Experiences of Cultural Hybridity Among Chinese Immigrants and Canadian-Born Chinese in Montréal
Nous accueillions Jeanne Shea (associate professor of Anthropology and Asian Studies, University of Vermont, Burlington, Vermont, USA) et Jennifer Lai (Harris Postdoctoral Fellow in Sociology, Health and Society and Critical Race and Ethnic Studies, University of Vermont, Burlington, Vermont, USA), pour une intervention en anglais.
Institutional policies have a profound role in shaping feelings of belonging for residents in a city, as well as in constructing people’s perceptions of their identity. In the early 1970s, Canada launched an official policy of multiculturalism, promoting the ideal of the nation as a “cultural mosaic,” in which differing cultures live side by side, creating a beautiful pattern of diversity, in contrast to the US’s assimilationist melting pot. At the same time, there arose a competing agenda to insist upon the primacy of French language. First in 1974 and then in 1977, the Official Language Act and then Bill 101 made French the official language of the Province of Québec, including its largest and most diverse city of Montréal. The coexistence of these policies, one honoring the equal coexistence of different cultures, and the other insisting on French as the language of government, law, and every day public life, constitute a paradox in need of further research.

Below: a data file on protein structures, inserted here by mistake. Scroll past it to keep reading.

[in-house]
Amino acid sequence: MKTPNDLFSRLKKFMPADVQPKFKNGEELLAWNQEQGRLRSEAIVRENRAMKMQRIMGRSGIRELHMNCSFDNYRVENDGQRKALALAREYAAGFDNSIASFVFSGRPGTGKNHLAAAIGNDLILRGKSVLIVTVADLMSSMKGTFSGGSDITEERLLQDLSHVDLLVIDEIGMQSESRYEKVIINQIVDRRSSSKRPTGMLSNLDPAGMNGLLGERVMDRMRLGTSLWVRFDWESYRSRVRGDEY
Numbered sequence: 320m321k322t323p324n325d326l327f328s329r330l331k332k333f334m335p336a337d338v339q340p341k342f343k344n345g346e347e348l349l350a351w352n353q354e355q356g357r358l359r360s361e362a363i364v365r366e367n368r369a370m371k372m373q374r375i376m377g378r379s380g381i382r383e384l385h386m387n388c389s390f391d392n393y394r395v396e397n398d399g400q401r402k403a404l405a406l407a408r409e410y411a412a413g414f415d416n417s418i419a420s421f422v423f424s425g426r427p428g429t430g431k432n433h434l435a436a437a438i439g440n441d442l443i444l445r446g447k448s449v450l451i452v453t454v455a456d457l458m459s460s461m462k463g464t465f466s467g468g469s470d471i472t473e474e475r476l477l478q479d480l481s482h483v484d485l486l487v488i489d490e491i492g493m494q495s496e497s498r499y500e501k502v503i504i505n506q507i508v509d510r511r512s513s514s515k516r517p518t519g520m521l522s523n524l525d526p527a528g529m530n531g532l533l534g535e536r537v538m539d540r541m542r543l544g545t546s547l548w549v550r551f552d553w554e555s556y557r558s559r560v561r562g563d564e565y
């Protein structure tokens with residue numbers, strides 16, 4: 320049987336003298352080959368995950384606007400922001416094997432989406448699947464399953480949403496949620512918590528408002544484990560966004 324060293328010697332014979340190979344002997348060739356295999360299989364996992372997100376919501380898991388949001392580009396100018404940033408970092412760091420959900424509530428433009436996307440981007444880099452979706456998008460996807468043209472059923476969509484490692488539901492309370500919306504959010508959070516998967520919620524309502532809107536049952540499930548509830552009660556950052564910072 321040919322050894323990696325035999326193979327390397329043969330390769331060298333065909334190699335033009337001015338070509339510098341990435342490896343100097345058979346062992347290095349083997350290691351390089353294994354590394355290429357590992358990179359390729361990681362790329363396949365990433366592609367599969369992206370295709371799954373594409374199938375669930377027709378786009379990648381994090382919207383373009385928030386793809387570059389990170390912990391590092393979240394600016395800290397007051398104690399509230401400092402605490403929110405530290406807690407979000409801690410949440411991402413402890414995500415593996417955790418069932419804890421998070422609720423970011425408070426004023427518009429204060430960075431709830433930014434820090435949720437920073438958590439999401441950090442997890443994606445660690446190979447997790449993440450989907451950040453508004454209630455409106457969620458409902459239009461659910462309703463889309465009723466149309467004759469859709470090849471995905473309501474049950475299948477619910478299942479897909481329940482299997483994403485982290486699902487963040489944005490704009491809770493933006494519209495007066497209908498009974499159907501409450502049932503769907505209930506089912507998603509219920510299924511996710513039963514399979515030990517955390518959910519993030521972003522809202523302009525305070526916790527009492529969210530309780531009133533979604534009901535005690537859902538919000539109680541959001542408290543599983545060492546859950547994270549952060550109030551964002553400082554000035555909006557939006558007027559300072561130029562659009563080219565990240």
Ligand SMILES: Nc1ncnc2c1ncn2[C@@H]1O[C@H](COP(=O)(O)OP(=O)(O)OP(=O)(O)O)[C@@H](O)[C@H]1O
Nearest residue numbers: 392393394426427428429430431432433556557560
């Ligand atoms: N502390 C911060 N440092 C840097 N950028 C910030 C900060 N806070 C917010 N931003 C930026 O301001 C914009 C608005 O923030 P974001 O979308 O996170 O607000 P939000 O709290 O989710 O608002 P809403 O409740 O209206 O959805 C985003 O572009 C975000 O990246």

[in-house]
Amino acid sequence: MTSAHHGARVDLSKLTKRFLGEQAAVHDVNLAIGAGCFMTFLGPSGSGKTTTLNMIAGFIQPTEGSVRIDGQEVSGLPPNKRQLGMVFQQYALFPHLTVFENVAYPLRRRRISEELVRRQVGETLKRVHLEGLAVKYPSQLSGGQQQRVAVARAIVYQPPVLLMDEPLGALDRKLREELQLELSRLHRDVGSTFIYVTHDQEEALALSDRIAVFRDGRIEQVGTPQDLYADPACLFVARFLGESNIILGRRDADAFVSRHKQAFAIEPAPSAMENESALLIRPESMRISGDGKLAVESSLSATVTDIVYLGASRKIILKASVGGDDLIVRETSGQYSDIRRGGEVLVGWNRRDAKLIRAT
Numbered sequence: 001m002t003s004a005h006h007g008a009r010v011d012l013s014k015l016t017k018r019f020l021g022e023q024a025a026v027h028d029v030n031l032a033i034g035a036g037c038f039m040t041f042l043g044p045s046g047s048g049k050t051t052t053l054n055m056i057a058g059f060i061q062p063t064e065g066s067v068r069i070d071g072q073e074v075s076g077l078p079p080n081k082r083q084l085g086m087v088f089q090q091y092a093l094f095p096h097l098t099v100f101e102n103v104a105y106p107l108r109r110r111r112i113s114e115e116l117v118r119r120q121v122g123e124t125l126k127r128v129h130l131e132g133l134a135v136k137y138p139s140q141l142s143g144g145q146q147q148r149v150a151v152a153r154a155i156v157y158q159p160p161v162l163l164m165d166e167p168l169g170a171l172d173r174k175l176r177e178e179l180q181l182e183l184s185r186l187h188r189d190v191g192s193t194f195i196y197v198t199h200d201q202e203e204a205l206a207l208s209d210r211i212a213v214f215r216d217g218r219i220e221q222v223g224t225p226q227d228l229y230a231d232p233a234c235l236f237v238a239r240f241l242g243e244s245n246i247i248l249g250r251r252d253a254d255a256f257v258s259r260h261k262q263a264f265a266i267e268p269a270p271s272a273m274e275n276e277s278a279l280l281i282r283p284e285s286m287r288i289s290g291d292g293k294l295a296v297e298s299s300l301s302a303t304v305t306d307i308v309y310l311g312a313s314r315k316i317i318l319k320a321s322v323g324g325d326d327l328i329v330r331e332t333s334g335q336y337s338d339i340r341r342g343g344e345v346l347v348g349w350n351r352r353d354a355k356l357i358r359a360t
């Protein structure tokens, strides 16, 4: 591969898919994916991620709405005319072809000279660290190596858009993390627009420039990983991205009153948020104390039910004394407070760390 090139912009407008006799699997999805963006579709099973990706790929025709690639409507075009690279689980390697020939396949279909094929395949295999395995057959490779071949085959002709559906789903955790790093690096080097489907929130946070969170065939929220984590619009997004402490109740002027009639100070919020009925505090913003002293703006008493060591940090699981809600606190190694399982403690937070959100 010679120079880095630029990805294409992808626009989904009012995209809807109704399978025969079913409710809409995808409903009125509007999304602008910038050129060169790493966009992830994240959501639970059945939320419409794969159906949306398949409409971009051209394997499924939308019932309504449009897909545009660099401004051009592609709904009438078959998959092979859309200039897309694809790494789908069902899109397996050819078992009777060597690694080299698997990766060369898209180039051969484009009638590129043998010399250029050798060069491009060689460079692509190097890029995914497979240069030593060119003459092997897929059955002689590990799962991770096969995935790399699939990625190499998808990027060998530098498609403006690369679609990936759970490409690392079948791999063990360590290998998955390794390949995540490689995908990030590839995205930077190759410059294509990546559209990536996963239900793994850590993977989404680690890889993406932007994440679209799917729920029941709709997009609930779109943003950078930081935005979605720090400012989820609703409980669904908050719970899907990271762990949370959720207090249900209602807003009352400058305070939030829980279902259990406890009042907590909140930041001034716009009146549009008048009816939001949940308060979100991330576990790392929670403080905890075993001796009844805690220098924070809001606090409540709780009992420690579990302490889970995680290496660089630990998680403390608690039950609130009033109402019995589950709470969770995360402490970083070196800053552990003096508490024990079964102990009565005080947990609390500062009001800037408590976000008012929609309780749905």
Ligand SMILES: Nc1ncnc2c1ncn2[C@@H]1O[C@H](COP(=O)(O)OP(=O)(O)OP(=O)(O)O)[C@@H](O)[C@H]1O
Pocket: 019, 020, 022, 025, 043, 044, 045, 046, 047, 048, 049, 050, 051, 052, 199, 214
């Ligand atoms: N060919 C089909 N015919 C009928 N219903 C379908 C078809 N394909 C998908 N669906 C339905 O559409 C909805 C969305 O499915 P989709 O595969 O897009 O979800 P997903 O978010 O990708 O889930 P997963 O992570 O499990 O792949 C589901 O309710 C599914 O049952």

In this study, we draw upon ethnographic data to explore how this paradox manifested itself in the experiences of Chinese residents living in Montréal. During the 2000s, the city of Montréal was working to build its reputation as a “multicultural mosaic” that welcomed and celebrated all cultures in order to attract new immigrants to shore up its decreasing population. We draw from semi-structured interviews conducted from 2000 to 2003 with a sample of 35 first-generation Chinese immigrants and Canadian-born Chinese. Their stories of their lives in Montréal reveal considerable tension between the multicultural mosaic ideal and the French language policy. Both immigrants and Canadian-born Chinese described how Montréal simultaneously welcomed them as Chinese people who could live in Montréal and practice their culture, while also exerting pressure on them to assimilate to local French culture. This contradiction engendered ambivalence about their identities, at once valued for being Chinese and exhorted to act French. The participants described how being Chinese made them a tokenized “other” within the broader Franco-Anglo politics of the region. They described being lumped together racially and ethnically as second-class citizens who were expected to learn how to act French, while also being reminded that they were not, and perhaps could never truly be, French. In many ways, this sense of being marginalized was strongest among the Canadian-born Chinese, perhaps because they expected more from their polity as native-born citizens.
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